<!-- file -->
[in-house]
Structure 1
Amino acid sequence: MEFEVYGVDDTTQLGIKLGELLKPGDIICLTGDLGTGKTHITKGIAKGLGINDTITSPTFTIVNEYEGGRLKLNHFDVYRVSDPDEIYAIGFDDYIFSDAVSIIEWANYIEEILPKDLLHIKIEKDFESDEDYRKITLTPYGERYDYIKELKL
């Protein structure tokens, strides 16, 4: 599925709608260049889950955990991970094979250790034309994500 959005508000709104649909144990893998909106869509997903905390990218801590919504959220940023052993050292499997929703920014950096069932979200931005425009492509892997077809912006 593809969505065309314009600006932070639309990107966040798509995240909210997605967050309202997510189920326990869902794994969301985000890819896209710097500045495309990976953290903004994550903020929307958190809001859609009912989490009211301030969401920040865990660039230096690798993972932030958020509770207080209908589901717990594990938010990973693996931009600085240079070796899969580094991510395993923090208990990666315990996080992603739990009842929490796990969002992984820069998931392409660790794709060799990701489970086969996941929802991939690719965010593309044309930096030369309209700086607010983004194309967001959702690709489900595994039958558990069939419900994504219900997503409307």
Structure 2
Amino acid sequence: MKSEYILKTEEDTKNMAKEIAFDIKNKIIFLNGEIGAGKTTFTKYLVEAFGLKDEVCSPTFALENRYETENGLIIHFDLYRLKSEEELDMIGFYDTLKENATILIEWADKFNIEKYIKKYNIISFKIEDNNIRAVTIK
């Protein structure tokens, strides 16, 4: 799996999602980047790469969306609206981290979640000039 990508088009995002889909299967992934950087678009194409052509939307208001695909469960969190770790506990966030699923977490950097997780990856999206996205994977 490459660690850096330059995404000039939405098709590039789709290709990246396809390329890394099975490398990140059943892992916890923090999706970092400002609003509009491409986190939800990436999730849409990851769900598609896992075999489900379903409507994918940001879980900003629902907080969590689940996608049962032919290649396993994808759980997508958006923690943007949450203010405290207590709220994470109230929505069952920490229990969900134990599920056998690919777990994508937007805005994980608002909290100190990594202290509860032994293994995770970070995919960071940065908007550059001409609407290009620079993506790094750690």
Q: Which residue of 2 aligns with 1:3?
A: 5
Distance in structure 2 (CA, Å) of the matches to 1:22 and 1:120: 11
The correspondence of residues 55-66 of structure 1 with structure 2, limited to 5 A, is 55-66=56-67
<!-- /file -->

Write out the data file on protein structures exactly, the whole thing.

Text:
[in-house]
Structure 1
Amino acid sequence: MEFEVYGVDDTTQLGIKLGELLKPGDIICLTGDLGTGKTHITKGIAKGLGINDTITSPTFTIVNEYEGGRLKLNHFDVYRVSDPDEIYAIGFDDYIFSDAVSIIEWANYIEEILPKDLLHIKIEKDFESDEDYRKITLTPYGERYDYIKELKL
């Protein structure tokens, strides 16, 4: 599925709608260049889950955990991970094979250790034309994500 959005508000709104649909144990893998909106869509997903905390990218801590919504959220940023052993050292499997929703920014950096069932979200931005425009492509892997077809912006 593809969505065309314009600006932070639309990107966040798509995240909210997605967050309202997510189920326990869902794994969301985000890819896209710097500045495309990976953290903004994550903020929307958190809001859609009912989490009211301030969401920040865990660039230096690798993972932030958020509770207080209908589901717990594990938010990973693996931009600085240079070796899969580094991510395993923090208990990666315990996080992603739990009842929490796990969002992984820069998931392409660790794709060799990701489970086969996941929802991939690719965010593309044309930096030369309209700086607010983004194309967001959702690709489900595994039958558990069939419900994504219900997503409307």
Structure 2
Amino acid sequence: MKSEYILKTEEDTKNMAKEIAFDIKNKIIFLNGEIGAGKTTFTKYLVEAFGLKDEVCSPTFALENRYETENGLIIHFDLYRLKSEEELDMIGFYDTLKENATILIEWADKFNIEKYIKKYNIISFKIEDNNIRAVTIK
């Protein structure tokens, strides 16, 4: 799996999602980047790469969306609206981290979640000039 990508088009995002889909299967992934950087678009194409052509939307208001695909469960969190770790506990966030699923977490950097997780990856999206996205994977 490459660690850096330059995404000039939405098709590039789709290709990246396809390329890394099975490398990140059943892992916890923090999706970092400002609003509009491409986190939800990436999730849409990851769900598609896992075999489900379903409507994918940001879980900003629902907080969590689940996608049962032919290649396993994808759980997508958006923690943007949450203010405290207590709220994470109230929505069952920490229990969900134990599920056998690919777990994508937007805005994980608002909290100190990594202290509860032994293994995770970070995919960071940065908007550059001409609407290009620079993506790094750690």
Q: Which residue of 2 aligns with 1:3?
A: 5
Distance in structure 2 (CA, Å) of the matches to 1:22 and 1:120: 11
The correspondence of residues 55-66 of structure 1 with structure 2, limited to 5 A, is 55-66=56-67